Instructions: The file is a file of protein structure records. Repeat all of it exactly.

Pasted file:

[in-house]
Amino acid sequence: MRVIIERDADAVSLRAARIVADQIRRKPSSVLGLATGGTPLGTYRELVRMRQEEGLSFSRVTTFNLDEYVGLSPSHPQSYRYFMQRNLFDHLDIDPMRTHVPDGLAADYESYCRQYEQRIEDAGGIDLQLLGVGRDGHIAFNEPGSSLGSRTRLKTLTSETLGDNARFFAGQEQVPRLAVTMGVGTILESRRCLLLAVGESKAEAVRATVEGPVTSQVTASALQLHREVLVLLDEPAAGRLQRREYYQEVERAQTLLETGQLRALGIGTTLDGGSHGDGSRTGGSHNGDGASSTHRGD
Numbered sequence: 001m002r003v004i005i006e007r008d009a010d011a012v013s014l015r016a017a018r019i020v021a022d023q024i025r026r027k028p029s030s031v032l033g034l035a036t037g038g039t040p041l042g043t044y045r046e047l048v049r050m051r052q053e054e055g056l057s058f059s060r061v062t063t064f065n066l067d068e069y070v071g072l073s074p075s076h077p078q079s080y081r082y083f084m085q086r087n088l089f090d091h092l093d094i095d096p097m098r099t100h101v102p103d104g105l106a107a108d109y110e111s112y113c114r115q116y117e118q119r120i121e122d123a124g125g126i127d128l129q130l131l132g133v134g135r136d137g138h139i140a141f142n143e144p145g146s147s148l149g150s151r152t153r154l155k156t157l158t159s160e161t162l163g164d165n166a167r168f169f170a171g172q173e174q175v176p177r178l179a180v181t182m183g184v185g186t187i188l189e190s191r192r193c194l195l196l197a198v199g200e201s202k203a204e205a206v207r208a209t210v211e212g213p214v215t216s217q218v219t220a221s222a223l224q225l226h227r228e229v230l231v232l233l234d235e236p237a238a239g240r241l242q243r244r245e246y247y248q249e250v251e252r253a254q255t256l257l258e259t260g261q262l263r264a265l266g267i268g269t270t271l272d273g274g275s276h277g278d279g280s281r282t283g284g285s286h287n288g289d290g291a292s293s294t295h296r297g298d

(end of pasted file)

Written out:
[in-house]
Amino acid sequence: MRVIIERDADAVSLRAARIVADQIRRKPSSVLGLATGGTPLGTYRELVRMRQEEGLSFSRVTTFNLDEYVGLSPSHPQSYRYFMQRNLFDHLDIDPMRTHVPDGLAADYESYCRQYEQRIEDAGGIDLQLLGVGRDGHIAFNEPGSSLGSRTRLKTLTSETLGDNARFFAGQEQVPRLAVTMGVGTILESRRCLLLAVGESKAEAVRATVEGPVTSQVTASALQLHREVLVLLDEPAAGRLQRREYYQEVERAQTLLETGQLRALGIGTTLDGGSHGDGSRTGGSHNGDGASSTHRGD
Numbered sequence: 001m002r003v004i005i006e007r008d009a010d011a012v013s014l015r016a017a018r019i020v021a022d023q024i025r026r027k028p029s030s031v032l033g034l035a036t037g038g039t040p041l042g043t044y045r046e047l048v049r050m051r052q053e054e055g056l057s058f059s060r061v062t063t064f065n066l067d068e069y070v071g072l073s074p075s076h077p078q079s080y081r082y083f084m085q086r087n088l089f090d091h092l093d094i095d096p097m098r099t100h101v102p103d104g105l106a107a108d109y110e111s112y113c114r115q116y117e118q119r120i121e122d123a124g125g126i127d128l129q130l131l132g133v134g135r136d137g138h139i140a141f142n143e144p145g146s147s148l149g150s151r152t153r154l155k156t157l158t159s160e161t162l163g164d165n166a167r168f169f170a171g172q173e174q175v176p177r178l179a180v181t182m183g184v185g186t187i188l189e190s191r192r193c194l195l196l197a198v199g200e201s202k203a204e205a206v207r208a209t210v211e212g213p214v215t216s217q218v219t220a221s222a223l224q225l226h227r228e229v230l231v232l233l234d235e236p237a238a239g240r241l242q243r244r245e246y247y248q249e250v251e252r253a254q255t256l257l258e259t260g261q262l263r264a265l266g267i268g269t270t271l272d273g274g275s276h277g278d279g280s281r282t283g284g285s286h287n288g289d290g291a292s293s294t295h296r297g298d